Have you ever wanted to visit the laboratory of a ground-breaking research scientist? Now you can, because Planet Hunter: Geoff Marcy and the Search for Other Earths by Vicki Oransky Wittenstein will allow you to feel like you are standing right next to Dr. Geoff Marcy in his quest to find extrasolar planets (planets that revolve around stars other than our sun).
Vicki Wittenstein begins by taking us to the site of the W.M. Keck Observatory in Hawaii. The telescopes are on a mountain so high that it rises above the clouds. The temperatures are below freezing, even in the summer, and getting to the telescopes is treacherous because of the narrow icy roads and high altitude (The author had to have an oxygen supply to visit.) Who knew that astronomy could be dangerous?
Once we’ve met Dr. Marcy and his team, the author explains carefully and clearly how to go about looking for planets orbiting around far away stars. The planets themselves are not visible because they do not reflect enough light to be detected by a telescope. Dr. Marcy uses a spectrometer to look for evidence that a star is wobbling. Stars wobble when gravity from nearby planets is tugging on them. Gathering data to establish the presence of a single planet can require years and years of tedious work. Dr. Marcy and his team have been successful, however, and have discovered half the extrasolar planets now known.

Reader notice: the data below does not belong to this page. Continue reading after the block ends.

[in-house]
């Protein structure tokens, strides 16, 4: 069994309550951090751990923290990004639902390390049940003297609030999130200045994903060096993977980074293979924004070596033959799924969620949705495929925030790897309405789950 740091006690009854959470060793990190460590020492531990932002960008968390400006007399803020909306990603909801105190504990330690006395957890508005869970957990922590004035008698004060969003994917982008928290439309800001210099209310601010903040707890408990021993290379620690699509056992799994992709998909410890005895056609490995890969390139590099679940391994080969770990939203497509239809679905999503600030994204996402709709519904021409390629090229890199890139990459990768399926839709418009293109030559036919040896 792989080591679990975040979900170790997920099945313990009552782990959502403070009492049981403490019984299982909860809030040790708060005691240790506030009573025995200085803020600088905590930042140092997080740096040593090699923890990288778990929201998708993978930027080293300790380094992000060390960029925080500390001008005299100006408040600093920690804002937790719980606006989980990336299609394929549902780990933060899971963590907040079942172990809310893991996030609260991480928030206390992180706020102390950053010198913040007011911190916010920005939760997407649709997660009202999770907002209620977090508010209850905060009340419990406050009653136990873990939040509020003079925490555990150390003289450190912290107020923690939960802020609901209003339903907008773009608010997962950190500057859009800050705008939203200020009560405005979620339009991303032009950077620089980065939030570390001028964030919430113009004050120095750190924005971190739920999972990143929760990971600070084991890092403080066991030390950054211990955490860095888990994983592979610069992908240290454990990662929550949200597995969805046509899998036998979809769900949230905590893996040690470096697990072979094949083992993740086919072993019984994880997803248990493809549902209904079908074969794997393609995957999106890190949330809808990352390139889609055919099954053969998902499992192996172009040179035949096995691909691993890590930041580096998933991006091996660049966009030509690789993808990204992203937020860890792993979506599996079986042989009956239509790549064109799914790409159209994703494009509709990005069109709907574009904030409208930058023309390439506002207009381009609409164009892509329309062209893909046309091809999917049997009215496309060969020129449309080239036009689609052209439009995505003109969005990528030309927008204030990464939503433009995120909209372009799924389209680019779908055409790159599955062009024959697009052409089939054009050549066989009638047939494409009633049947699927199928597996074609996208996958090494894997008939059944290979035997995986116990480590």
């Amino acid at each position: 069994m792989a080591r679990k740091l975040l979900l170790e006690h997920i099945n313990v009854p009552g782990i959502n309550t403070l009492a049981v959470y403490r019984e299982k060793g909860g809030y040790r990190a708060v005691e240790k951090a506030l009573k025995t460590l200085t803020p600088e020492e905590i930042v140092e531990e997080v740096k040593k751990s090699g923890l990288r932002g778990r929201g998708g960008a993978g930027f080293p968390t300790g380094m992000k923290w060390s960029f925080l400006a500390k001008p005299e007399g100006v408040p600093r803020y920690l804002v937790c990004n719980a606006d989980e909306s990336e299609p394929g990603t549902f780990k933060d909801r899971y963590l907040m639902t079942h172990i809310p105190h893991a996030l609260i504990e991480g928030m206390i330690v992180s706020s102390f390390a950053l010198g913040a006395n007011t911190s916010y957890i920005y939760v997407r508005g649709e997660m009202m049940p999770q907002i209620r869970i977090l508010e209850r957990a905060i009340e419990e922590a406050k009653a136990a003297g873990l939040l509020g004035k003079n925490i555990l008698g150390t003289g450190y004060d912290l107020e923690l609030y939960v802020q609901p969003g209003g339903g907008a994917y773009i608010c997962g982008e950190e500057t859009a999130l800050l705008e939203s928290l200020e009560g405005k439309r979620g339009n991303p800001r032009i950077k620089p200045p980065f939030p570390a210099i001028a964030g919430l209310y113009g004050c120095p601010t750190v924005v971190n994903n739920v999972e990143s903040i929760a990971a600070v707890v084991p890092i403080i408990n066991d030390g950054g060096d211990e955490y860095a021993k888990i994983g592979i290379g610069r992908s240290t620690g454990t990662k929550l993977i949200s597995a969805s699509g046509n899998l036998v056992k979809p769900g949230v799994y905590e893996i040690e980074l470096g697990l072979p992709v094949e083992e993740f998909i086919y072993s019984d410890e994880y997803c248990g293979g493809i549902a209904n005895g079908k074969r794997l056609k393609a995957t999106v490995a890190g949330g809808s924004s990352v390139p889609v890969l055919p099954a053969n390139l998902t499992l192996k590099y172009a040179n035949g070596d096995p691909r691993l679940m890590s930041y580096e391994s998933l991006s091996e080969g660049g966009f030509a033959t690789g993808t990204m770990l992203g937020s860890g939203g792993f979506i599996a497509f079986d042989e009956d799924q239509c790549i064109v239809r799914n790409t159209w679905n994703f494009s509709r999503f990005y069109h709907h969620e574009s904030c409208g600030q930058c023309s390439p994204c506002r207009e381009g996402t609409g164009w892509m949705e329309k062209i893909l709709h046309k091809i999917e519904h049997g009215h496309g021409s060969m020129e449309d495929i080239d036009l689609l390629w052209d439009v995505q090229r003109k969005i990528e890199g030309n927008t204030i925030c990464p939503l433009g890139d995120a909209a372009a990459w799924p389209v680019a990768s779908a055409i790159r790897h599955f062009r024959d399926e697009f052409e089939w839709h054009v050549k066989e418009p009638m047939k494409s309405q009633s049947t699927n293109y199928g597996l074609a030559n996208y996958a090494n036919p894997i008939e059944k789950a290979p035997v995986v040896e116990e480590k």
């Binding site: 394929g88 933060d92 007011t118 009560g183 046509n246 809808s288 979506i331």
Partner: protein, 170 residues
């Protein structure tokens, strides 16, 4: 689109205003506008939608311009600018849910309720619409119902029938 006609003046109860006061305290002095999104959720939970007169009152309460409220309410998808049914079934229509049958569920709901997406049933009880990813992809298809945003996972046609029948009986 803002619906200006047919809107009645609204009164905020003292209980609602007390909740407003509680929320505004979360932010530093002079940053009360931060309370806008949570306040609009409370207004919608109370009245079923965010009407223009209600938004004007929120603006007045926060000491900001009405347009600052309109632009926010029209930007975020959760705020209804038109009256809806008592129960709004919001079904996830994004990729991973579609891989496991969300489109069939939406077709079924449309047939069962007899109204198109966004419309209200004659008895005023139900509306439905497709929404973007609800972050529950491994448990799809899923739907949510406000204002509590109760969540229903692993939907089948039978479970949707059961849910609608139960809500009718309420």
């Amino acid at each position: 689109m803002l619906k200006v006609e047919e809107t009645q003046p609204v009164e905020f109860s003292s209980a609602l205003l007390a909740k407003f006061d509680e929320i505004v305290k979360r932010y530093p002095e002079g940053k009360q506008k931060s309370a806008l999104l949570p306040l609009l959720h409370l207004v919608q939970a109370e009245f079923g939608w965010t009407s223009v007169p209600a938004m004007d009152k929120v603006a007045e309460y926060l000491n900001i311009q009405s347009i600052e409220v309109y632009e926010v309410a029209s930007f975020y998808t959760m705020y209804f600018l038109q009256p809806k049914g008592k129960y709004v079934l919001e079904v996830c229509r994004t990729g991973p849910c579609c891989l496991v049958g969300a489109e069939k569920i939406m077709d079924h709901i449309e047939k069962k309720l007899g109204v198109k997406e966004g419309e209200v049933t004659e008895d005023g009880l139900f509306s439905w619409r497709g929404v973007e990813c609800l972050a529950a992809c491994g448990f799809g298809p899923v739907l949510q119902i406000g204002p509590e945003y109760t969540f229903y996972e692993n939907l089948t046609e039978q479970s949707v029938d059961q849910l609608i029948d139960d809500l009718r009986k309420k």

Can you imagine what it must be like to find a planet revolving around a far away star? What are the planet’s characteristics? Is it able to support life? How many extrasolar planets are out there? These are the kinds of difficult and exciting questions Dr. Marcy pursues.
This book is filled with gorgeous full-color photographs and illustrations. The “To Learn More” section at the end contains plenty of additional sources of information, as well as an extensive and helpful glossary to explain all the terminology used.
Planet Hunter is sure to thrill children interested in science and particularly those enamored with space and astronomy. It covers such a unique and contemporary topic (the first planets outside our solar system were found in 1992). Although listed as middle grade, this book is also appropriate for high school and adults who want to catch up on this area quickly, because of the high level of detail given.
For another review of Planet Hunter and suggested activities, see Simply Science.
Growing With Science celebrates Planet Hunter with related hands-on activities for children.
Reading level: Ages 9-12
Hardcover: 48 pages
Publisher: Boyds Mills Press (March 1, 2010)
Book was provided by author.
4 Replies to “Planet Hunter: At the Frontier of Space Research”
Wow. . Why does fiction get to have all the fun and good looking books? This looks fantastic. Thanks for featuring it
Roberta, thanks so much for supporting my work. I’m glad you enjoyed Planet Hunter. The hands-on activities are perfect, and I will definitely use them in school visits.
It was great putting this all together, I appreciate the opportunity.
Sorry it took me a few days to get back to you, I just did a school visit myself. So much fun and so much work 🙂
I wish you the best to luck, Roberta